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Practical approaches to building and sustaining community capacity Martin Routledge: Head of Operations In Control.

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Presentation on theme: "Practical approaches to building and sustaining community capacity Martin Routledge: Head of Operations In Control."— Presentation transcript:

1 Practical approaches to building and sustaining community capacity Martin Routledge: Head of Operations In Control

2 The Adult Social Care Reform Timeframe Social Care Vision __________ Nov 2010 Law Commission Report __________ May 2011 Dilnot Commission Report __________ _ July 2011 Caring for our future - engagement _________ Sept - Dec 2011 Care and Support White Paper and progress report on funding _________ _ April 2012 Legislation Caring for our future brings together the recommendations from the Law Commission, Commission on the Funding of Care and Support with the Governments Vision for Adult Social Care, to discuss with stakeholders what the priorities for reform should be. Slide courtesy of DH

3 What about Social Capital? Networks of support and community action a strong element in the Governments vision for adult social care, Capable Communities and Active Citizens DH advice alongside the vision A practical guide - Building Stronger Communities Sector-led partnership Think Local Act Personal

4 Think Local Act Personal People and communities will play a bigger role in supporting themselves and others Focus on prevention – joint working, make the most of universal services, invest in community capacity Change in workforce culture and practices – support should promote greater community connection

5 TLAP Building Community Capacity project (led by Catherine Wilton) Exploring initiatives that aim to provide support and facilitate the contribution of older and disabled people while reducing demand for intensive targeted services Gathering evidence of impact and cost effectiveness of interventions Reviewing effective low cost approaches to evaluation

6 Case studies of types of intervention Place shaping and commissioning Community development, community navigating, promoting connections within neighbourhoods Personalised service provision and innovation in primary prevention & universal services Time-banks, encouraging participation, volunteering Self-directed support and personal budgets

7 The economic case Professor Martin Knapp and colleagues at LSE researching interventions for community capacity building - the economic case for investment

8 Early research Cost per time bank member averages less than £450 per year… but could result in savings and other economic pay-offs of more than £1300 per member Befriending costs are typically about £80 per older person but savings could be c.£35 in the first year alone because of reduced need for treatment and support for mental health needs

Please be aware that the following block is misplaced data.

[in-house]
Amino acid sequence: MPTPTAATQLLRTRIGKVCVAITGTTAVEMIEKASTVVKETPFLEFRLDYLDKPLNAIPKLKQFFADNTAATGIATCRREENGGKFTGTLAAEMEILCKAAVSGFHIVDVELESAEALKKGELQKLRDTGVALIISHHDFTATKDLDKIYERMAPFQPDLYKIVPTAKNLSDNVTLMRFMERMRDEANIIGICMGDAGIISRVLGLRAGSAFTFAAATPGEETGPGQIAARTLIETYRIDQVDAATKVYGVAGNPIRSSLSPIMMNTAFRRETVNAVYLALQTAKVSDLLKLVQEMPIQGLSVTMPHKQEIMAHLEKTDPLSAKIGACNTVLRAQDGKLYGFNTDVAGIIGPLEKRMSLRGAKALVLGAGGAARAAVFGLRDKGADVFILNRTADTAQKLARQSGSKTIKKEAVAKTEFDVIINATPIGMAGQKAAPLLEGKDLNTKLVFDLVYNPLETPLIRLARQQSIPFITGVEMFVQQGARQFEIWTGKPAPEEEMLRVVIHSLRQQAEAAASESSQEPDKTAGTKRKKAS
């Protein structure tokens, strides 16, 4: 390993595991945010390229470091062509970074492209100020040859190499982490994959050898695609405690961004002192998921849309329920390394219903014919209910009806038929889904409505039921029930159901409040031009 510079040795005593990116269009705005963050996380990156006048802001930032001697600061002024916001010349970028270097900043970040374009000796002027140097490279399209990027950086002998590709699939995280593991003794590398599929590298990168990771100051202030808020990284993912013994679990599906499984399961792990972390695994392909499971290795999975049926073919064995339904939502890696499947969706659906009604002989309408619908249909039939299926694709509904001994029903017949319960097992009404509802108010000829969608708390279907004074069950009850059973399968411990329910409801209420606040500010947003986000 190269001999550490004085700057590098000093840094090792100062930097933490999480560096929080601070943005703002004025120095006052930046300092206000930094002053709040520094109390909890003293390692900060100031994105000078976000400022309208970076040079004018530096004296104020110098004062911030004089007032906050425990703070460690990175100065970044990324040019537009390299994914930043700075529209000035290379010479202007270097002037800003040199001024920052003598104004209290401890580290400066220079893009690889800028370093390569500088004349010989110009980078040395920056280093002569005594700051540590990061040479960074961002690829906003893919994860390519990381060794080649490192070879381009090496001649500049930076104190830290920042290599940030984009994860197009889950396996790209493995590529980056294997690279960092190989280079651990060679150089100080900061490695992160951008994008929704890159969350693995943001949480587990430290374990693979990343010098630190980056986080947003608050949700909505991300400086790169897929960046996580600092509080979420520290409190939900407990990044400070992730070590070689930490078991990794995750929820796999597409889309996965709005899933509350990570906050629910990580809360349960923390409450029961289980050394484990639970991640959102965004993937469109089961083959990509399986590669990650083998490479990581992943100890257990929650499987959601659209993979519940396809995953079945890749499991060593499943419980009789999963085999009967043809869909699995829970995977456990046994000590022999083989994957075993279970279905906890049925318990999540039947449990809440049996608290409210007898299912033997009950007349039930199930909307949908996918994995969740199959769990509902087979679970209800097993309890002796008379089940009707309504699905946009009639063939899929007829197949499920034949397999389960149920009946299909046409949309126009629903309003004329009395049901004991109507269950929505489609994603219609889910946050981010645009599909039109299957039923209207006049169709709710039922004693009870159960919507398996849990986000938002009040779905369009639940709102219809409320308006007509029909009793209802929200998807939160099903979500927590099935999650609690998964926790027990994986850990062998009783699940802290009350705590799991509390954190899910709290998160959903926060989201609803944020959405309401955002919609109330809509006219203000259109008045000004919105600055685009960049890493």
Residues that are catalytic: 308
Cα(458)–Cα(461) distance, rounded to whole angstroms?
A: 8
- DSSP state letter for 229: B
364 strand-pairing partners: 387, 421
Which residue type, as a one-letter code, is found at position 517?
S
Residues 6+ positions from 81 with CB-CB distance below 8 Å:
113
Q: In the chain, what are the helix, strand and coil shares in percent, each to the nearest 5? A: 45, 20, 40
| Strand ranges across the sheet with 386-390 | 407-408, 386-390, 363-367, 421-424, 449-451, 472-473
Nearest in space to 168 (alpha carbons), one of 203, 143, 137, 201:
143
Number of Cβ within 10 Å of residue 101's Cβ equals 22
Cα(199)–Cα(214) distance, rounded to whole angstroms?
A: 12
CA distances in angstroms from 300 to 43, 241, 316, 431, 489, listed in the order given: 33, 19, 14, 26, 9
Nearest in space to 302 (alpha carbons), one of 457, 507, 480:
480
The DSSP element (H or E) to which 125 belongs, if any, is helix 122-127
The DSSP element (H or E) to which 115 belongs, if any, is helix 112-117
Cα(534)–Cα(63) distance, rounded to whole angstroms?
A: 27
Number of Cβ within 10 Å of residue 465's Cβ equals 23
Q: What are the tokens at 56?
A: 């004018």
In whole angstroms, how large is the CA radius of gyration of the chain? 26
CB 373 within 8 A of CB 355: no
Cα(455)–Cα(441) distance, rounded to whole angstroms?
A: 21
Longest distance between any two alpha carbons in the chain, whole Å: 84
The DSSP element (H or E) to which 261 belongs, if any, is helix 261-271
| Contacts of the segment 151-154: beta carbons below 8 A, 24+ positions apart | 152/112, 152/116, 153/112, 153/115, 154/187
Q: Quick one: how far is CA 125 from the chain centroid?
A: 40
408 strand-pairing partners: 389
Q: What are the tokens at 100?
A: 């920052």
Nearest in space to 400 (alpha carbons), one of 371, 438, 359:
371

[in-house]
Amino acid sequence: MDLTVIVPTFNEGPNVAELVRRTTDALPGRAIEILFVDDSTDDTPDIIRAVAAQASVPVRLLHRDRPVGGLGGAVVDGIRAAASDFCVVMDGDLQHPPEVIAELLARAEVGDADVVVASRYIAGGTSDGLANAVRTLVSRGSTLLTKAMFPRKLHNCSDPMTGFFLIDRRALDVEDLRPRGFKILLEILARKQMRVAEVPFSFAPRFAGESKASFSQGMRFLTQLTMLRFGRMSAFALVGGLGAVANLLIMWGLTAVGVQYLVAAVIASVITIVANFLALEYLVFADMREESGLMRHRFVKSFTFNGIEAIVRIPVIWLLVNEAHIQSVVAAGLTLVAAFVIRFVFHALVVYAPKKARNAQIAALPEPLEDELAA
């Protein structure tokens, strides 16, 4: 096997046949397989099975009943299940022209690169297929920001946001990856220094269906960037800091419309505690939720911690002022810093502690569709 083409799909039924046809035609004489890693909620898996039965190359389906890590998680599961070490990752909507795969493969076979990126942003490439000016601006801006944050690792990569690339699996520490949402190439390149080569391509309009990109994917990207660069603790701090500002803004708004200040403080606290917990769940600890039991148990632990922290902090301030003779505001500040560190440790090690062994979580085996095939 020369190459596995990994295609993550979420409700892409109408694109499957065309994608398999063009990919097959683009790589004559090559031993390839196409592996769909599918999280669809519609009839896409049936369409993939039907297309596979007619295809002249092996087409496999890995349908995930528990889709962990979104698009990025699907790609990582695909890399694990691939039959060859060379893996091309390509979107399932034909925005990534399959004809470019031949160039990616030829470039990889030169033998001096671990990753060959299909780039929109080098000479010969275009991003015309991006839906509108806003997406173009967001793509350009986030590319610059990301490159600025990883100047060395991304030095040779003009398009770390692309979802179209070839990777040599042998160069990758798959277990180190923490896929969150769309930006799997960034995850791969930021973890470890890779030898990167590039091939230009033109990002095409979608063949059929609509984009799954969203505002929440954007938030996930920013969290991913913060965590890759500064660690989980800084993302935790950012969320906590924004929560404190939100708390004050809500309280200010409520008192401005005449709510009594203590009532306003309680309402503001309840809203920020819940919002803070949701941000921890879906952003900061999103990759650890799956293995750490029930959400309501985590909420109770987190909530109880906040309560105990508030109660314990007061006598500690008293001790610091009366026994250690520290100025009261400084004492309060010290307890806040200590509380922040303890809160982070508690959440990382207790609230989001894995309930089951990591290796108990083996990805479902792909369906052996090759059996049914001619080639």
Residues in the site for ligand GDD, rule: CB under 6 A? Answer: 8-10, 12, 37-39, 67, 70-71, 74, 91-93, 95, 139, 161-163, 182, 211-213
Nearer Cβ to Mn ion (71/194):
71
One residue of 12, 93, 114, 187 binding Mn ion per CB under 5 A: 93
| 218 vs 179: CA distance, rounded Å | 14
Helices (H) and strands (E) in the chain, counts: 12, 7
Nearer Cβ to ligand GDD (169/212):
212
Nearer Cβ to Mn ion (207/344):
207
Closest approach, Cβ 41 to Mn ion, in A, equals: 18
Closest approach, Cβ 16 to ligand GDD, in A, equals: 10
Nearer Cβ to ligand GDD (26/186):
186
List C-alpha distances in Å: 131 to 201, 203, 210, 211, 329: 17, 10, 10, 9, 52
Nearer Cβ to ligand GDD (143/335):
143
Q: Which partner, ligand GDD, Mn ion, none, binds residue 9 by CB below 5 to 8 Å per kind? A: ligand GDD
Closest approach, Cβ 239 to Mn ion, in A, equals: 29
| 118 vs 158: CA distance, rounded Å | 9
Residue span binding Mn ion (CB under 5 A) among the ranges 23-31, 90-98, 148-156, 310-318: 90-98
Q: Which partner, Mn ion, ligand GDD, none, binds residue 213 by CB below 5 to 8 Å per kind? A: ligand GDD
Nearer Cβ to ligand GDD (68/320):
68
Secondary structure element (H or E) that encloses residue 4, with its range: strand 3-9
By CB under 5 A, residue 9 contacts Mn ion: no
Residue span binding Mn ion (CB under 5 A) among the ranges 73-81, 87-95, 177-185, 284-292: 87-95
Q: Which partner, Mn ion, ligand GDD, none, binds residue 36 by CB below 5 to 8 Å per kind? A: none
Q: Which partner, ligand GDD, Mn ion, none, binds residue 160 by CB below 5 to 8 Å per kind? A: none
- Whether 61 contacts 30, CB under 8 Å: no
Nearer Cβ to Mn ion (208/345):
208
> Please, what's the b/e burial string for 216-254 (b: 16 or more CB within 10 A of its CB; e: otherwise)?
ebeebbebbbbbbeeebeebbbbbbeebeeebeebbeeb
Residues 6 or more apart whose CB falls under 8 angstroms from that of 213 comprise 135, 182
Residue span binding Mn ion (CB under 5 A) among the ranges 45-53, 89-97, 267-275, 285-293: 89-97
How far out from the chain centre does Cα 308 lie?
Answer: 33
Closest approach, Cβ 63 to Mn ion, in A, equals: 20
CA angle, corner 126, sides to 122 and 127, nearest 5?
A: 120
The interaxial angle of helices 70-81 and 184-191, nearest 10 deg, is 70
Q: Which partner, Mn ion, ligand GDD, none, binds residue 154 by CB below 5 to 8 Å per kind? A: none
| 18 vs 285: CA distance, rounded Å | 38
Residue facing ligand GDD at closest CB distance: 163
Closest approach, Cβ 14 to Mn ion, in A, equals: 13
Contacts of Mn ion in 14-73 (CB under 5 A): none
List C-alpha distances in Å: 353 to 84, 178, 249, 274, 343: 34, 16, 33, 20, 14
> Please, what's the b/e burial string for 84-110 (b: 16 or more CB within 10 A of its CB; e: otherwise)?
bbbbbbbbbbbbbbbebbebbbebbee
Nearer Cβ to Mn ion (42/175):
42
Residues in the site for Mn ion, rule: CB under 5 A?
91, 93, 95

9 Early research Cost of community navigators - less than £300 per person but economic benefits - less time lost at work, savings in benefits payments and fewer GP visits could be £900 per person in the first year

10 Practical products Does it Work? A guide to evaluating community capacity projects Are we there yet? A checklist and planning tool for building community connections

11 Building Capacity - need for a new model? The role of passive recipient is well embedded Challenges of adult social care impact widely In the interest of corporate local authority and partners to act together But disincentives to do so, cultural inhibitions and need for more effective approaches

12 Community Fund Holding is a budgeting model which further refines the devolved decision making approaches that some have already been adopting builds on our learning from self directed support and seeks to share power and resources in a way that enables commissioners and communities to recognise and act on their shared interests is designed to allow each party to understand its role in a new relationship and to bring their own unique contribution

13 Community fund holding model

14 Community fund holding Community Fund holding Builds on the learning of self directed support, applied at a community rather than an individual level. A Community Fund Financial resources that are under the control of a community being used to achieve outcomes that have been agreed with commissioning agencies Community FundCommunity PlanningReview &Evaluation Provide a focus for and a ring fence on the usage of money Link to democratic accountability Localised decisions Capacity to mix social and statutory resources Capacity to measure impact of money against outcomes Share learning across a community

15 Want to know more? John Waters – Head of Innovation To edit footer go to: View> Header and Footer

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